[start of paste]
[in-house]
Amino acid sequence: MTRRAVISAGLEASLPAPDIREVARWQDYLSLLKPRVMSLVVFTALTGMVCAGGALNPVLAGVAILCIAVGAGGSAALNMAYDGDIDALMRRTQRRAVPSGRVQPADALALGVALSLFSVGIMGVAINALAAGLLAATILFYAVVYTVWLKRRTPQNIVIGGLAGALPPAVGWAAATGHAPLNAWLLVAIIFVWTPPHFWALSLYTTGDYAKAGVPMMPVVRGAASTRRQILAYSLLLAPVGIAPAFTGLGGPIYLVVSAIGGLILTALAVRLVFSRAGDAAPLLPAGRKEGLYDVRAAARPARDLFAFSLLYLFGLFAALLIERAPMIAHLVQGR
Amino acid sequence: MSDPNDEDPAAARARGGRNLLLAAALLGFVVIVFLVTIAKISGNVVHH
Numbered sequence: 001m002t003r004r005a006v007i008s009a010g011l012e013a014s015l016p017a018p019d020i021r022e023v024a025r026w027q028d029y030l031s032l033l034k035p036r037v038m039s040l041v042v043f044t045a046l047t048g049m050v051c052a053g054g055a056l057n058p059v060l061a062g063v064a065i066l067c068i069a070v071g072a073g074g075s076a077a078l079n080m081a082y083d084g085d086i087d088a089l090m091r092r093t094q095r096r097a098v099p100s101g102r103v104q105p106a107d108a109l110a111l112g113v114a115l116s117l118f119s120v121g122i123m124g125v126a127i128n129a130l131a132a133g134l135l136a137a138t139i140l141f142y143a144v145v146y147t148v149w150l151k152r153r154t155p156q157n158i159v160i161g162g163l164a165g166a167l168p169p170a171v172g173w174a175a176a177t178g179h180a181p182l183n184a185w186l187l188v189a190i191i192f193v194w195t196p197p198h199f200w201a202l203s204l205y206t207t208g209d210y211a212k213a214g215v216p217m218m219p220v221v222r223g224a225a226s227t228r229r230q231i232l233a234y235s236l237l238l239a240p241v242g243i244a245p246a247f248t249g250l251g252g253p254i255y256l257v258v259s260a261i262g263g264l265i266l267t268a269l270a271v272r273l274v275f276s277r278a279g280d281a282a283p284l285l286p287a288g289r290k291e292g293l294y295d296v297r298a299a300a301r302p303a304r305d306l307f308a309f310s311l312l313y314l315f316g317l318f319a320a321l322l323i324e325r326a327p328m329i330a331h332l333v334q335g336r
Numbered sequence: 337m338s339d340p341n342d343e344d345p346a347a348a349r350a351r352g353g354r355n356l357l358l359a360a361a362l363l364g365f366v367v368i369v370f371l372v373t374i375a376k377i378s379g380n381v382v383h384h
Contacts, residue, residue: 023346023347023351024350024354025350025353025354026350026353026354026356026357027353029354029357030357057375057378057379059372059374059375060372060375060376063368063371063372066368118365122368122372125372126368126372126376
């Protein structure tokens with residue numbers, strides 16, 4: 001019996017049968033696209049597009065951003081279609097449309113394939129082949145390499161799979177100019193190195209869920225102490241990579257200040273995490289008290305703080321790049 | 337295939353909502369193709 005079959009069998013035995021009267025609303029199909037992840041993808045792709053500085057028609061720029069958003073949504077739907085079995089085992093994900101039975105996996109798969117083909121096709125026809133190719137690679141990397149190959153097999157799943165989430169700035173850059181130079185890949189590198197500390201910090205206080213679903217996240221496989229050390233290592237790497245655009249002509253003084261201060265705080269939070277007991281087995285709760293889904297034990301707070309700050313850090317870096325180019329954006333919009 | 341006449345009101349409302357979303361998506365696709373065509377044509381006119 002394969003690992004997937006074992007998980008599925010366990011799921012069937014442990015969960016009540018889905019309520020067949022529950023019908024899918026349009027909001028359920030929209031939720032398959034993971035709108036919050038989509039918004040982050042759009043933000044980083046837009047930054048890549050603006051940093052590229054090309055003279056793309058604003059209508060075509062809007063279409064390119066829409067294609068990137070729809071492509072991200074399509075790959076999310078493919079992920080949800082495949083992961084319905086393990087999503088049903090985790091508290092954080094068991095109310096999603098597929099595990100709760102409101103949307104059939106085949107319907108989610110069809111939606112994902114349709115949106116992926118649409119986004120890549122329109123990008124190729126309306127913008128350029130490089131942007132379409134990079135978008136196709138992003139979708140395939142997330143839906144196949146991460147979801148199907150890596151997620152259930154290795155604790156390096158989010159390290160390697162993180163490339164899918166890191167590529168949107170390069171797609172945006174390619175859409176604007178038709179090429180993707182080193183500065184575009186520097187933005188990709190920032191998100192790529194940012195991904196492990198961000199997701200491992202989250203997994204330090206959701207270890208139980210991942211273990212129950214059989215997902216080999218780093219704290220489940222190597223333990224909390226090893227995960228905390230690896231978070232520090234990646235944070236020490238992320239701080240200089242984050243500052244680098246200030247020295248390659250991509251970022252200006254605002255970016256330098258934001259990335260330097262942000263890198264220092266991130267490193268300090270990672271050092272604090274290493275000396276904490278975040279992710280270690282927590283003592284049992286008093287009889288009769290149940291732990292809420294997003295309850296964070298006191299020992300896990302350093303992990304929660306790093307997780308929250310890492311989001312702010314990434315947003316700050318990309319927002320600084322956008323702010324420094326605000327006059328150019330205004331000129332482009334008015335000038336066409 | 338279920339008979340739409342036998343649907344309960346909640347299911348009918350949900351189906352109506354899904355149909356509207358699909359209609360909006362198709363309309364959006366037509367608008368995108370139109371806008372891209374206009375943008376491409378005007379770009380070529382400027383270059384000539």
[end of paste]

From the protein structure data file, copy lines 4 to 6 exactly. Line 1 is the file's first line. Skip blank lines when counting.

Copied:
Numbered sequence: 001m002t003r004r005a006v007i008s009a010g011l012e013a014s015l016p017a018p019d020i021r022e023v024a025r026w027q028d029y030l031s032l033l034k035p036r037v038m039s040l041v042v043f044t045a046l047t048g049m050v051c052a053g054g055a056l057n058p059v060l061a062g063v064a065i066l067c068i069a070v071g072a073g074g075s076a077a078l079n080m081a082y083d084g085d086i087d088a089l090m091r092r093t094q095r096r097a098v099p100s101g102r103v104q105p106a107d108a109l110a111l112g113v114a115l116s117l118f119s120v121g122i123m124g125v126a127i128n129a130l131a132a133g134l135l136a137a138t139i140l141f142y143a144v145v146y147t148v149w150l151k152r153r154t155p156q157n158i159v160i161g162g163l164a165g166a167l168p169p170a171v172g173w174a175a176a177t178g179h180a181p182l183n184a185w186l187l188v189a190i191i192f193v194w195t196p197p198h199f200w201a202l203s204l205y206t207t208g209d210y211a212k213a214g215v216p217m218m219p220v221v222r223g224a225a226s227t228r229r230q231i232l233a234y235s236l237l238l239a240p241v242g243i244a245p246a247f248t249g250l251g252g253p254i255y256l257v258v259s260a261i262g263g264l265i266l267t268a269l270a271v272r273l274v275f276s277r278a279g280d281a282a283p284l285l286p287a288g289r290k291e292g293l294y295d296v297r298a299a300a301r302p303a304r305d306l307f308a309f310s311l312l313y314l315f316g317l318f319a320a321l322l323i324e325r326a327p328m329i330a331h332l333v334q335g336r
Numbered sequence: 337m338s339d340p341n342d343e344d345p346a347a348a349r350a351r352g353g354r355n356l357l358l359a360a361a362l363l364g365f366v367v368i369v370f371l372v373t374i375a376k377i378s379g380n381v382v383h384h
Contacts, residue, residue: 023346023347023351024350024354025350025353025354026350026353026354026356026357027353029354029357030357057375057378057379059372059374059375060372060375060376063368063371063372066368118365122368122372125372126368126372126376